“Ga-Rei-Zero” explores the relationship between two girls who are not related by blood, but who are as close as sisters. When betrayal and tragedy befall them, it is the strength of their bond that will determine the outcome of their fates.
In modern-day Japan, the level of paranormal activity is increasing. Monstrous creatures called ghosts are appearing with greater frequency, manifesting in the form of rampaging beasts that only a select few can see. The people who can see these ghosts are usually members of one of several large families who bear an ancient burden and tradition of vanquishing these ghosts. Many of these members work for the Ministry of Environment’s Supernatural Countermeasures Division, a task force created to protect humanity and destroy the ghostly threat.
Kagura Tsuchimiya is the young daughter and heir of a powerful ghost vanquisher family. Having just recently lost her mother during an attack, she is despondent. Her father, busy with his duties as head of the family, does not have time for her. Therefore, when Yomi Isayama, the daughter of another vanquisher family, asks if they can take Kagura in to live with them, she agrees.
High-school student Yomi is a powerful exorcist and adopted member of the prominent Isayama vanquisher family. She is confident, outgoing, and friendly. She takes an immediate liking to Kagura, understanding how it feels to lose a parent. Yomi and Kagura become the best of friends, as close as sisters. Their relationship is playful, supportive, and strong. Yomi acts as Kagura’s mentor, introducing her to the Supernatural Countermeasures Division team, and helps her recover from the loss of her mother. The girls become inseparable, and there isn’t anything they wouldn’t do for each other. Therefore, when one of them succumbs to an evil temptation, the resulting tragedy is all the more poignant and painful. The greatest of friends are forced to become the worst of enemies, and following the path of the destruction of their relationship is painful.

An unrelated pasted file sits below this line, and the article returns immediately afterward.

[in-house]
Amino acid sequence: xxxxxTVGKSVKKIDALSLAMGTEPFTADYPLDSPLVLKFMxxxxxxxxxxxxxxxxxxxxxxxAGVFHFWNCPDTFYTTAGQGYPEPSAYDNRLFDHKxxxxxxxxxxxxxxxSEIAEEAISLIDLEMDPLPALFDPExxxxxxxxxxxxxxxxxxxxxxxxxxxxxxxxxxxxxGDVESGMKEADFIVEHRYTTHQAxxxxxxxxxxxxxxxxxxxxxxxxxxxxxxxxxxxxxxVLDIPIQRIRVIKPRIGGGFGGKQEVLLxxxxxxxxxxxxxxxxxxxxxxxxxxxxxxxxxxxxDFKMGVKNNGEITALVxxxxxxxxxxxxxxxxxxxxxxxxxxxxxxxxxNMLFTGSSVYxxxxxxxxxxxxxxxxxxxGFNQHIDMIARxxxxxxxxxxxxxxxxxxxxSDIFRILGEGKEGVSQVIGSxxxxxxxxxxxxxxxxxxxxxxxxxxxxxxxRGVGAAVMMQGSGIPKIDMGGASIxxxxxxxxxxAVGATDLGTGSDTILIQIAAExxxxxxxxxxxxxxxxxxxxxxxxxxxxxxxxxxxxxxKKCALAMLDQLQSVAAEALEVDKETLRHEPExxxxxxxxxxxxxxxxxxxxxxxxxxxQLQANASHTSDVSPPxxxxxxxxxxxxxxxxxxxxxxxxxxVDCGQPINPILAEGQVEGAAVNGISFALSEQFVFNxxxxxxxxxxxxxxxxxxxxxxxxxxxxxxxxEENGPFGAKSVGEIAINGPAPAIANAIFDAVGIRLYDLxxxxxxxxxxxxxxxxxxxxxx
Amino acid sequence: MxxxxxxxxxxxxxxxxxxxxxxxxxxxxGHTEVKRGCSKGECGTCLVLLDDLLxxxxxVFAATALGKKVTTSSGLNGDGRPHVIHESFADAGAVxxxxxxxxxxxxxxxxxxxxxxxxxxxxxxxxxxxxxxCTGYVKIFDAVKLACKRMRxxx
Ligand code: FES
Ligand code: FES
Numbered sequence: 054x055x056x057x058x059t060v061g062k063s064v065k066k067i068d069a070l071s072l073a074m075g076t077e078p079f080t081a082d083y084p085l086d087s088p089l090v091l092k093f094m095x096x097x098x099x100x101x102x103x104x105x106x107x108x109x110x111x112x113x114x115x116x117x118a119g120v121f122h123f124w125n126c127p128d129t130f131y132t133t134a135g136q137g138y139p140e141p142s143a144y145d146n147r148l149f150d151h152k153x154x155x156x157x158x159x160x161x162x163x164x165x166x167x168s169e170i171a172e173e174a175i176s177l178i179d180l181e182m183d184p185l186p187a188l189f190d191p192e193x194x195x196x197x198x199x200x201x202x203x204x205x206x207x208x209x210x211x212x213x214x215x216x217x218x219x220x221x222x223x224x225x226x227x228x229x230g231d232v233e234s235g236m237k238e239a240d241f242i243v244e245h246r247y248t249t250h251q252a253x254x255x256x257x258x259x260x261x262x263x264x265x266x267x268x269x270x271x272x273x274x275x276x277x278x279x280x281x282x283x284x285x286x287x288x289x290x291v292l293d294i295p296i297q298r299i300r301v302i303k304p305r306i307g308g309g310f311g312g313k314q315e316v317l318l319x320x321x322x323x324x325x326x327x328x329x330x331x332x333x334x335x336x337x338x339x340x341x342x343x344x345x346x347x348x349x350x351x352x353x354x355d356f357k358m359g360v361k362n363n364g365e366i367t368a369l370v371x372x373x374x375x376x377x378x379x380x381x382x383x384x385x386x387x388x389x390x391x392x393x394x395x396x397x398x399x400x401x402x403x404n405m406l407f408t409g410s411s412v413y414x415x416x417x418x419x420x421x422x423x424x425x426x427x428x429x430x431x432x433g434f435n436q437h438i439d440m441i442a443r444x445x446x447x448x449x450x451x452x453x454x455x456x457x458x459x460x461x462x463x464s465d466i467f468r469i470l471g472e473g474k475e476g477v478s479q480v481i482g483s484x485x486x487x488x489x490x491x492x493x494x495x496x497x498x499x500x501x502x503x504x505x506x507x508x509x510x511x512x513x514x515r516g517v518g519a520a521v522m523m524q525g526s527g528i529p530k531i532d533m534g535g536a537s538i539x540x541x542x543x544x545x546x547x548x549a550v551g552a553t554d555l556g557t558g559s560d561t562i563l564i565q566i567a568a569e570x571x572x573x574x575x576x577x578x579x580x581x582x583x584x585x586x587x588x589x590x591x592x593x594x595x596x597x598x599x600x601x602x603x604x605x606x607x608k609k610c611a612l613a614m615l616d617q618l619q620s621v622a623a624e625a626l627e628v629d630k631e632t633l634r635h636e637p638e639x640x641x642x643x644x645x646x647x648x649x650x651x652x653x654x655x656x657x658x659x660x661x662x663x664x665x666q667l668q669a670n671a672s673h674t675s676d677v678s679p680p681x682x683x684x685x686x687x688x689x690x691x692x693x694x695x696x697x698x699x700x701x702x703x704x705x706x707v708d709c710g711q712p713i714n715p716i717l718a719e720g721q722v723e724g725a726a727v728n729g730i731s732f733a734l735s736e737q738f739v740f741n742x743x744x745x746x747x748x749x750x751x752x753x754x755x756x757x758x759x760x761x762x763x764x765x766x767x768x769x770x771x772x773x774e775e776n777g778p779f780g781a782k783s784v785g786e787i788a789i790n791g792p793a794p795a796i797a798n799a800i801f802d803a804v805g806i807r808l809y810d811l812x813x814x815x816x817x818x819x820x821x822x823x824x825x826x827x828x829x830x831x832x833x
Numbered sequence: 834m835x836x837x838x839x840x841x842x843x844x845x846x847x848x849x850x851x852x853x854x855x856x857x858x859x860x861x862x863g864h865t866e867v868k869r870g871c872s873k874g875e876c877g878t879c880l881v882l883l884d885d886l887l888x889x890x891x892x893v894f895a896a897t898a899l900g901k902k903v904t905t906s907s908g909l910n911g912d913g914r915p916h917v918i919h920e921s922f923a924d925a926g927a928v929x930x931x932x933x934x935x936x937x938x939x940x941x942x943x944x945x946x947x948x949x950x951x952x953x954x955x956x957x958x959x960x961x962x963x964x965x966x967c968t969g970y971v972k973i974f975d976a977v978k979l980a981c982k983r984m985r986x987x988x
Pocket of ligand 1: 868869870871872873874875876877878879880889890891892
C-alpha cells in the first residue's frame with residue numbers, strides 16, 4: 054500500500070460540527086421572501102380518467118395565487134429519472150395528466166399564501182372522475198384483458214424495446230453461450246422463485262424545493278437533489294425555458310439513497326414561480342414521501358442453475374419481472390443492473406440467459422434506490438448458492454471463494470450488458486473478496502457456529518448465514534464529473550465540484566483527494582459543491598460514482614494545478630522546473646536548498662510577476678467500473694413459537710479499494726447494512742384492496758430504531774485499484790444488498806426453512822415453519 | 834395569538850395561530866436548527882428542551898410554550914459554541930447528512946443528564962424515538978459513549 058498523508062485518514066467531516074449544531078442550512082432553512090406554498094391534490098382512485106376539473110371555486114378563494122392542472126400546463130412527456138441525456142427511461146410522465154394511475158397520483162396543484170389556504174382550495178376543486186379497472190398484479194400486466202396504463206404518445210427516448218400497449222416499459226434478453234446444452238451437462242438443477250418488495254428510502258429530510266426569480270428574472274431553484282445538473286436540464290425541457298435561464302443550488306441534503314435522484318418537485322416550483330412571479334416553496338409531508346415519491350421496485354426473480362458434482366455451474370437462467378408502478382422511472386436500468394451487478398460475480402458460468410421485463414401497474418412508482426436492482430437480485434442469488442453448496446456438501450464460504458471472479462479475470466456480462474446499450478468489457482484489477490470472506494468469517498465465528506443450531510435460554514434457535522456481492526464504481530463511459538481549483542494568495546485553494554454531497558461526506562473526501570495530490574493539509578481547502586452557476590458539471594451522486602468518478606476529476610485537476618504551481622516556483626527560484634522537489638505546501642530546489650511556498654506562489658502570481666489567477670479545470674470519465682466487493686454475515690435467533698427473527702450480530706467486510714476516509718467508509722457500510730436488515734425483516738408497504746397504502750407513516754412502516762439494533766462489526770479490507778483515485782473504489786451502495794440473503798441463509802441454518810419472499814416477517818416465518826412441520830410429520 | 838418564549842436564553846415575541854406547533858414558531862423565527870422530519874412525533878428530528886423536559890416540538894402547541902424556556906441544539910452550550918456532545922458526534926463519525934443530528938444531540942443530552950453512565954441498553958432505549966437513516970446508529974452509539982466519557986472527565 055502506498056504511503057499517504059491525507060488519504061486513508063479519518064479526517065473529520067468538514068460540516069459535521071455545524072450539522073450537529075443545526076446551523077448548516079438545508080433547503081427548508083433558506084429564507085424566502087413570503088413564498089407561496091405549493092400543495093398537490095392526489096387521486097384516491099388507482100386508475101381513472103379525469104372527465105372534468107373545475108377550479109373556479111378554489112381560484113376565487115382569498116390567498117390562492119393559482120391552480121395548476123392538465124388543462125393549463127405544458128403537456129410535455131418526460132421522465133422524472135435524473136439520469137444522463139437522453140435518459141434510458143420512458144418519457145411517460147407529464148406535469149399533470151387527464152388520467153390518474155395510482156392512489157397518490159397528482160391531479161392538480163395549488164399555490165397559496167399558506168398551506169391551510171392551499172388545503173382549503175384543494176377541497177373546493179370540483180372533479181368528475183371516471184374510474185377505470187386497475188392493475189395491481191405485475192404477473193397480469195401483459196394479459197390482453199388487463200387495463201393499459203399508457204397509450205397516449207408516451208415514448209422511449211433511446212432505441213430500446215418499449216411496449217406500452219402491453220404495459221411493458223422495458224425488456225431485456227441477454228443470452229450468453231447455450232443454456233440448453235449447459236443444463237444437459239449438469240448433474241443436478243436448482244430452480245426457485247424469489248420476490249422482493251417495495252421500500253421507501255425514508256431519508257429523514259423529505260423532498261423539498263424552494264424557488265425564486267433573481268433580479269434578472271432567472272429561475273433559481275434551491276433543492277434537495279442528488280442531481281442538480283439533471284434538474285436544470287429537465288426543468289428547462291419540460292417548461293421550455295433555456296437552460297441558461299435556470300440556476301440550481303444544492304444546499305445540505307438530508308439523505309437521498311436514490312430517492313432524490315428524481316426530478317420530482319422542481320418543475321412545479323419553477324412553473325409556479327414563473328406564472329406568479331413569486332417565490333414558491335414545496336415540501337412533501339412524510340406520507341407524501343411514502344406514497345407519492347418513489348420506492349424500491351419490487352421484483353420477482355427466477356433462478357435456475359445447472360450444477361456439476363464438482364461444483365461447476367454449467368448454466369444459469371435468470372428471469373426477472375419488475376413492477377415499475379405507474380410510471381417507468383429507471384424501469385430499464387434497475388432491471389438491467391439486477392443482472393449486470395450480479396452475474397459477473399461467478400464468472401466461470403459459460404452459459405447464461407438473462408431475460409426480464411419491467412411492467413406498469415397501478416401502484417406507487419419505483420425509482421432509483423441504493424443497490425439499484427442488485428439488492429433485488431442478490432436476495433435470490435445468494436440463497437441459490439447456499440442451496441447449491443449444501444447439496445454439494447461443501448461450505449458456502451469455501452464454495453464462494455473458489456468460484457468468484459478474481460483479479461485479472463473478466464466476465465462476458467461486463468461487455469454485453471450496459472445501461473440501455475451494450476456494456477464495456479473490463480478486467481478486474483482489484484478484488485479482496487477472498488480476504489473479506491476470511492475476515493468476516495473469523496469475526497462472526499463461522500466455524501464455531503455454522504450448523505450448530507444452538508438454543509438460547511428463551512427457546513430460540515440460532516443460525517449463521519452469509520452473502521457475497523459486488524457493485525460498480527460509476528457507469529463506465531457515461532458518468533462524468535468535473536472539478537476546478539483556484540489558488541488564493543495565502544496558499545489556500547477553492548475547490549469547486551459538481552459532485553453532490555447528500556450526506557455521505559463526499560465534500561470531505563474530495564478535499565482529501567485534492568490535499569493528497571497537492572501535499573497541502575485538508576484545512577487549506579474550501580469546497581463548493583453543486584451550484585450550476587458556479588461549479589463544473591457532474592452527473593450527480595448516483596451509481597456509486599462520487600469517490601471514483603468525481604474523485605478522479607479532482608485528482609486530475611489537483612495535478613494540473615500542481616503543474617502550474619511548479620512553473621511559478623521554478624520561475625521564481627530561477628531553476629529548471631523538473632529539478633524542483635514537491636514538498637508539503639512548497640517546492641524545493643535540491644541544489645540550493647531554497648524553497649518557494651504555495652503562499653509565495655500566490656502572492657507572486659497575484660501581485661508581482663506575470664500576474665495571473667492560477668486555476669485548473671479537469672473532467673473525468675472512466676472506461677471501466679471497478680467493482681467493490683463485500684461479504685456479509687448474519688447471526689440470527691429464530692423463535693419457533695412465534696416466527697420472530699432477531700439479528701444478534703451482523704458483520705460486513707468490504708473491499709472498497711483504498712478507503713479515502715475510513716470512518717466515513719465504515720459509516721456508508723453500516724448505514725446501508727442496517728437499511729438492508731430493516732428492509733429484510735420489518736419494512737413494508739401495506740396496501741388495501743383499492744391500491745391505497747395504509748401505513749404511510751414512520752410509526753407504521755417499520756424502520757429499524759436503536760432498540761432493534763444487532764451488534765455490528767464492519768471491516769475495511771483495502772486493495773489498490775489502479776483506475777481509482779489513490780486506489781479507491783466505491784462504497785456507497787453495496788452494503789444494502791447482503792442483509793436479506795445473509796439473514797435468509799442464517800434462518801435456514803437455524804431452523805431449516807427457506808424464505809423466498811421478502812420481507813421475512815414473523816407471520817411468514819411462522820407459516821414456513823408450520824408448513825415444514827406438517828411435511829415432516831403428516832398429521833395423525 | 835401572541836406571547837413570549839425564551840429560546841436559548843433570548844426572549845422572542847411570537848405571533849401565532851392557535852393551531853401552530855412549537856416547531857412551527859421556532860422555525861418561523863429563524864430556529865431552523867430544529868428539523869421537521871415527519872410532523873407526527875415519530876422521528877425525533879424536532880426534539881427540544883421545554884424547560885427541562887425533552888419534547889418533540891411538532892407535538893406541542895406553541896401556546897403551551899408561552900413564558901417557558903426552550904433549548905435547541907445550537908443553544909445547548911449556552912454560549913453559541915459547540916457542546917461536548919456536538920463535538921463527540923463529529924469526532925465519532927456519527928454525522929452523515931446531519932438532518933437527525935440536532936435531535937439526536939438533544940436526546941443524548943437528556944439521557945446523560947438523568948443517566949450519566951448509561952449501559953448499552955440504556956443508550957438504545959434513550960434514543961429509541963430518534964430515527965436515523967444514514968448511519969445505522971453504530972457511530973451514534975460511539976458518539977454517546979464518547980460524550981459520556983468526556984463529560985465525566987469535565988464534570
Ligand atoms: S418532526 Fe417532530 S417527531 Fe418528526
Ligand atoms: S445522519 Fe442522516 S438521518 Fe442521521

“Ga-Rei-Zero” is violent and bloody, and uses cliffhangers for shock value and to add tension. The whole first episode is a throwaway gimmick used merely to give us a taste of how brutal the rest of the series promises to be. It leads us to form a certain expectation for the series, only to pull the rug out from under us at the end. What a fantastic and bold way to start a series. However, the real plot doesn’t begin until episode 2 during which yet another horrifying scene is put before us. This is the one that the rest of the series will focus on, and what follows is a powerful and heart-wrenching depiction of a friendship gone wrong.
This DVD set contains all 12 “Ga-Rei-Zero” episodes spread across 2 discs, with a 3rd disc devoted entirely to bonus materials. The character designs are creative (aside from a rather plain-looking Kagura) and the animation quality alternates from being average at one moment and fluid and delicate the next. The design and animation of the spiritual beasts and the fight scenes is top-notch.
“Ga-Rei-Zero” a decent action/horror series, where the bonds of family and friendship provide the central point of conflict. There are dashes of humor here and there to lighten things up, and even some romance, but the overall mood of the series is that of dramatic action and horror. I enjoyed it, but felt it would have been better with even fewer episodes. Most of the story is actually told in flashback, and after the initial horrifying setup, I was impatient for the flashbacks to end so we could get back to the present-day action.